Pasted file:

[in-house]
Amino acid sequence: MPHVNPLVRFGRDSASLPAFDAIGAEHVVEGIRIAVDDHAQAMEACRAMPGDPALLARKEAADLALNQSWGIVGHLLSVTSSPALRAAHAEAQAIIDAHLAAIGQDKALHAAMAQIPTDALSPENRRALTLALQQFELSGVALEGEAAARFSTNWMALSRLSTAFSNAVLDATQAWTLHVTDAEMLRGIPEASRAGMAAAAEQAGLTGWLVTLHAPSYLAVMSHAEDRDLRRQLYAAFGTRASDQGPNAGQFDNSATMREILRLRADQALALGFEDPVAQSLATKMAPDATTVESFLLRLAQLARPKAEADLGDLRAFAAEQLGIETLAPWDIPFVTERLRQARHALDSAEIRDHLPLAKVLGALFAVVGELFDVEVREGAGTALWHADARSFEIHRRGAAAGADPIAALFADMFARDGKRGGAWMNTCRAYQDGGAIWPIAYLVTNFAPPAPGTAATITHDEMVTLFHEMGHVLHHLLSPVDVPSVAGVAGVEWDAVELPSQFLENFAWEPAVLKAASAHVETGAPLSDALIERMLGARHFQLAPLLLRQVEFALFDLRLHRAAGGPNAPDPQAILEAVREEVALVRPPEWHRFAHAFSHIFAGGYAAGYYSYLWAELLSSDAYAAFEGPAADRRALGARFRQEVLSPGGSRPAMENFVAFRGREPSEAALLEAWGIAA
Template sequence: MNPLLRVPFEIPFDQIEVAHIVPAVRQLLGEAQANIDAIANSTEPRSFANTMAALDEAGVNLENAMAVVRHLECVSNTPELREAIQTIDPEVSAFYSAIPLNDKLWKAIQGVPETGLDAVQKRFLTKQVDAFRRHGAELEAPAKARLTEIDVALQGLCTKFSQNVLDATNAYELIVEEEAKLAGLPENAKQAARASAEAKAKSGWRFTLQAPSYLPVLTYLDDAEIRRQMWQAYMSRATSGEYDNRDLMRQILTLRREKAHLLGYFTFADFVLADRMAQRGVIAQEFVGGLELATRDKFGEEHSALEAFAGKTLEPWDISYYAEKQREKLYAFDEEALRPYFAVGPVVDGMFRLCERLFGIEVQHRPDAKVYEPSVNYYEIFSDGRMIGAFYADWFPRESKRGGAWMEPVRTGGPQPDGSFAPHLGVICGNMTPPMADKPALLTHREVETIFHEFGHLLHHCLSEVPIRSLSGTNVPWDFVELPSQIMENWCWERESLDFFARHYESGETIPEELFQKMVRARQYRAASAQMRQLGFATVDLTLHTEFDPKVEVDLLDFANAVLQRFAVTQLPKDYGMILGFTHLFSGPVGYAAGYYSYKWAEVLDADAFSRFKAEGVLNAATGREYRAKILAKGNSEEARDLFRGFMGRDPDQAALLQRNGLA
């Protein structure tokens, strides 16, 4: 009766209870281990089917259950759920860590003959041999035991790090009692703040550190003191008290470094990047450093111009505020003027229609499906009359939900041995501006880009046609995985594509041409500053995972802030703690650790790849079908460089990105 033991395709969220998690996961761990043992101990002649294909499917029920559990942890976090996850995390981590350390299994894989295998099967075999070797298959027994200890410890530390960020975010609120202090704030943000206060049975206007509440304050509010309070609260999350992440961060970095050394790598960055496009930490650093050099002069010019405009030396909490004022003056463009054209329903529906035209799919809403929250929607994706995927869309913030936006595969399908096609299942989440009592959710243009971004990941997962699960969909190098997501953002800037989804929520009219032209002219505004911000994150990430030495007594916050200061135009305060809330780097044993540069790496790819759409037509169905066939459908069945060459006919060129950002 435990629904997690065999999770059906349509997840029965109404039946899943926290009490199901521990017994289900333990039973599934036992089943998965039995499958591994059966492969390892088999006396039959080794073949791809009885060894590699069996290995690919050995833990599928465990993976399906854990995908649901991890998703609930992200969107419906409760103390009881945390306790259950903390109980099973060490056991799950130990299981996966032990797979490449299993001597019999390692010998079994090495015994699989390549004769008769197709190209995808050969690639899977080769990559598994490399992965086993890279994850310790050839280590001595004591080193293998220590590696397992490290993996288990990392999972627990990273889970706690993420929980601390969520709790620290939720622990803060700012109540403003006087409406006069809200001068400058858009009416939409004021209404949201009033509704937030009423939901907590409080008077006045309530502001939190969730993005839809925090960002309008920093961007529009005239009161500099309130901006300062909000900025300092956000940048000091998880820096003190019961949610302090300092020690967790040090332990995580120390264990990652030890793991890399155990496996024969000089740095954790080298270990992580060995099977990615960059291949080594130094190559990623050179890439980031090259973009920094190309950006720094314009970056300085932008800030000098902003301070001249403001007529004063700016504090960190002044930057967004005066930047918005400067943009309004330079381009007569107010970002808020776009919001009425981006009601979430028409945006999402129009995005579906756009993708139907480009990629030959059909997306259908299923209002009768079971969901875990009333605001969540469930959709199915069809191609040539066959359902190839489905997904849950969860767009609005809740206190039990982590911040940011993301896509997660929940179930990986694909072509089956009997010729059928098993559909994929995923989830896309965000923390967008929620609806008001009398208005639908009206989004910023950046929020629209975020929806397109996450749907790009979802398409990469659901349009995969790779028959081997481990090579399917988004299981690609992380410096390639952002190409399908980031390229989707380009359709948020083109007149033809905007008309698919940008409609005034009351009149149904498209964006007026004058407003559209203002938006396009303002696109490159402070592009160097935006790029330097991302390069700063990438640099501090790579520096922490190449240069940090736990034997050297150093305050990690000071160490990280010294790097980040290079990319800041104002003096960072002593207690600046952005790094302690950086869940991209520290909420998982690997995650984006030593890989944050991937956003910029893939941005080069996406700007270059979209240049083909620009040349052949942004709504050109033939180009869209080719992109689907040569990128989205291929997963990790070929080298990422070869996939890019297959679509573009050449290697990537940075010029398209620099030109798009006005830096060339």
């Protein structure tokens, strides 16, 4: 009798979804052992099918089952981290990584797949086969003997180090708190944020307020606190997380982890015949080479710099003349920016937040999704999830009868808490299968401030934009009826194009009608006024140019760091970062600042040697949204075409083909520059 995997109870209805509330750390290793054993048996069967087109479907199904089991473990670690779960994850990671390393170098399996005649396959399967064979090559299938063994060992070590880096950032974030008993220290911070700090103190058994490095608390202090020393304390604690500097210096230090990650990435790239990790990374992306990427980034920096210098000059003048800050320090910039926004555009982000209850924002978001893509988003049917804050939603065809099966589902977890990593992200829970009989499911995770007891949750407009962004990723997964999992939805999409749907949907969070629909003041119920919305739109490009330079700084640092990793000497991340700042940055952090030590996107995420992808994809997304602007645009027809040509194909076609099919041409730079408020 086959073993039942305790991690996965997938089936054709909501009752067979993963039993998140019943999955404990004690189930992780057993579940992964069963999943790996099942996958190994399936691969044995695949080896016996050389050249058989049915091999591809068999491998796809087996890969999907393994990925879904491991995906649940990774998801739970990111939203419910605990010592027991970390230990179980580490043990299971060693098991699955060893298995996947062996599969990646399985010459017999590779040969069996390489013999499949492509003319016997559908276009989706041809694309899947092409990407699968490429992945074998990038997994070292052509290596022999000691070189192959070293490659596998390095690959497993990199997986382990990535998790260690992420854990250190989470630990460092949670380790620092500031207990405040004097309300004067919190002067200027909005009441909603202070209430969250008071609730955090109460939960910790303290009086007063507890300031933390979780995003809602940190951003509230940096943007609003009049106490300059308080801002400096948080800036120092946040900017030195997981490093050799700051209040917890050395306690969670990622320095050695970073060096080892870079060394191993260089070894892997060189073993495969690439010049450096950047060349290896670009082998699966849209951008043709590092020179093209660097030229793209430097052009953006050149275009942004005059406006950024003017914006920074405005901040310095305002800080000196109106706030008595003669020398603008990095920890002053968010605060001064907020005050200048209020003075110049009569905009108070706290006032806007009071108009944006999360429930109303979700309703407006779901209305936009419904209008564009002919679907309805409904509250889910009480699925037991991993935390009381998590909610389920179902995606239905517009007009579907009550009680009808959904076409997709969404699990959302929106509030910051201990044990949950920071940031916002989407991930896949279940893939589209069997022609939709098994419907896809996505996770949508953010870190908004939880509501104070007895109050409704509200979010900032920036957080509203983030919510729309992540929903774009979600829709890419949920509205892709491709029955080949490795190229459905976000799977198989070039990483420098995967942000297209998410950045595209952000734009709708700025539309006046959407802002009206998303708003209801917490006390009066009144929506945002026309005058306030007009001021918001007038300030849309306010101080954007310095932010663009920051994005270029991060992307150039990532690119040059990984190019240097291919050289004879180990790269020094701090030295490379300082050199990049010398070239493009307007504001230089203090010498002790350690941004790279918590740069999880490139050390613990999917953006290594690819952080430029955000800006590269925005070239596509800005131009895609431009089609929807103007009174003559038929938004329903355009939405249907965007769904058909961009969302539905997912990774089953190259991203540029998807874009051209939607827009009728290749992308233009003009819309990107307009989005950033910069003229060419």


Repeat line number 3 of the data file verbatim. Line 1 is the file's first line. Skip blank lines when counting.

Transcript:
Template sequence: MNPLLRVPFEIPFDQIEVAHIVPAVRQLLGEAQANIDAIANSTEPRSFANTMAALDEAGVNLENAMAVVRHLECVSNTPELREAIQTIDPEVSAFYSAIPLNDKLWKAIQGVPETGLDAVQKRFLTKQVDAFRRHGAELEAPAKARLTEIDVALQGLCTKFSQNVLDATNAYELIVEEEAKLAGLPENAKQAARASAEAKAKSGWRFTLQAPSYLPVLTYLDDAEIRRQMWQAYMSRATSGEYDNRDLMRQILTLRREKAHLLGYFTFADFVLADRMAQRGVIAQEFVGGLELATRDKFGEEHSALEAFAGKTLEPWDISYYAEKQREKLYAFDEEALRPYFAVGPVVDGMFRLCERLFGIEVQHRPDAKVYEPSVNYYEIFSDGRMIGAFYADWFPRESKRGGAWMEPVRTGGPQPDGSFAPHLGVICGNMTPPMADKPALLTHREVETIFHEFGHLLHHCLSEVPIRSLSGTNVPWDFVELPSQIMENWCWERESLDFFARHYESGETIPEELFQKMVRARQYRAASAQMRQLGFATVDLTLHTEFDPKVEVDLLDFANAVLQRFAVTQLPKDYGMILGFTHLFSGPVGYAAGYYSYKWAEVLDADAFSRFKAEGVLNAATGREYRAKILAKGNSEEARDLFRGFMGRDPDQAALLQRNGLA